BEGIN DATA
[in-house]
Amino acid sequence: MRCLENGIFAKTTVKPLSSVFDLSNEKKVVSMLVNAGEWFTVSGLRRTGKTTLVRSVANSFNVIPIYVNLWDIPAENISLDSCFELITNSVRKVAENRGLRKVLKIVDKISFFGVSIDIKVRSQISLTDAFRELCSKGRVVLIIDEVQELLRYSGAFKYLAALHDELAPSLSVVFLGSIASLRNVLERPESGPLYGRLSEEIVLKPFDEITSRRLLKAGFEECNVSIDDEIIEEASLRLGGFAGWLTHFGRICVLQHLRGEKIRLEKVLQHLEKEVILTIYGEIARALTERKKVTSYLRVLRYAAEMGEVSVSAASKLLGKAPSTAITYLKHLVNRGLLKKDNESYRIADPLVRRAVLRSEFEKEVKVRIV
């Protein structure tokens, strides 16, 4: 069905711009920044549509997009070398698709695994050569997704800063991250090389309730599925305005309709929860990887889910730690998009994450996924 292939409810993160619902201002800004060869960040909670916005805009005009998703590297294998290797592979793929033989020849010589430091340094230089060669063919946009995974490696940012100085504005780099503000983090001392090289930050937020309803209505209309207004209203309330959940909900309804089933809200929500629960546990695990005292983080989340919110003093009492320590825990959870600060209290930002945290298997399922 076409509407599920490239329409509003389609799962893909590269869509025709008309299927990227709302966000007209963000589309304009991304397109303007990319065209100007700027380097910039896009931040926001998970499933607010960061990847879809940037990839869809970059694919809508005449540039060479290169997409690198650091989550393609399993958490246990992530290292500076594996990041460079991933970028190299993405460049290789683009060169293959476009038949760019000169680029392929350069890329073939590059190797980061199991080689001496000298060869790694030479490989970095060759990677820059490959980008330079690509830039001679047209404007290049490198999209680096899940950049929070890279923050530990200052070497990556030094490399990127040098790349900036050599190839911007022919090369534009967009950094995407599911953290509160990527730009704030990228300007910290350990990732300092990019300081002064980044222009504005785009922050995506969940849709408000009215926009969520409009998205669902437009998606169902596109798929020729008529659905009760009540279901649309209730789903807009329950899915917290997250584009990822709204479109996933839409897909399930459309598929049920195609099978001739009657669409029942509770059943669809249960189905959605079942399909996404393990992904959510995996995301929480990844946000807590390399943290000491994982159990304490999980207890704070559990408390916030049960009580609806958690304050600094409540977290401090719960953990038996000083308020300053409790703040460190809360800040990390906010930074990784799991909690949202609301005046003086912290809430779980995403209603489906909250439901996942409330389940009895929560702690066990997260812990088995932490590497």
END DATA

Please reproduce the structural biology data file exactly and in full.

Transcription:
[in-house]
Amino acid sequence: MRCLENGIFAKTTVKPLSSVFDLSNEKKVVSMLVNAGEWFTVSGLRRTGKTTLVRSVANSFNVIPIYVNLWDIPAENISLDSCFELITNSVRKVAENRGLRKVLKIVDKISFFGVSIDIKVRSQISLTDAFRELCSKGRVVLIIDEVQELLRYSGAFKYLAALHDELAPSLSVVFLGSIASLRNVLERPESGPLYGRLSEEIVLKPFDEITSRRLLKAGFEECNVSIDDEIIEEASLRLGGFAGWLTHFGRICVLQHLRGEKIRLEKVLQHLEKEVILTIYGEIARALTERKKVTSYLRVLRYAAEMGEVSVSAASKLLGKAPSTAITYLKHLVNRGLLKKDNESYRIADPLVRRAVLRSEFEKEVKVRIV
């Protein structure tokens, strides 16, 4: 069905711009920044549509997009070398698709695994050569997704800063991250090389309730599925305005309709929860990887889910730690998009994450996924 292939409810993160619902201002800004060869960040909670916005805009005009998703590297294998290797592979793929033989020849010589430091340094230089060669063919946009995974490696940012100085504005780099503000983090001392090289930050937020309803209505209309207004209203309330959940909900309804089933809200929500629960546990695990005292983080989340919110003093009492320590825990959870600060209290930002945290298997399922 076409509407599920490239329409509003389609799962893909590269869509025709008309299927990227709302966000007209963000589309304009991304397109303007990319065209100007700027380097910039896009931040926001998970499933607010960061990847879809940037990839869809970059694919809508005449540039060479290169997409690198650091989550393609399993958490246990992530290292500076594996990041460079991933970028190299993405460049290789683009060169293959476009038949760019000169680029392929350069890329073939590059190797980061199991080689001496000298060869790694030479490989970095060759990677820059490959980008330079690509830039001679047209404007290049490198999209680096899940950049929070890279923050530990200052070497990556030094490399990127040098790349900036050599190839911007022919090369534009967009950094995407599911953290509160990527730009704030990228300007910290350990990732300092990019300081002064980044222009504005785009922050995506969940849709408000009215926009969520409009998205669902437009998606169902596109798929020729008529659905009760009540279901649309209730789903807009329950899915917290997250584009990822709204479109996933839409897909399930459309598929049920195609099978001739009657669409029942509770059943669809249960189905959605079942399909996404393990992904959510995996995301929480990844946000807590390399943290000491994982159990304490999980207890704070559990408390916030049960009580609806958690304050600094409540977290401090719960953990038996000083308020300053409790703040460190809360800040990390906010930074990784799991909690949202609301005046003086912290809430779980995403209603489906909250439901996942409330389940009895929560702690066990997260812990088995932490590497």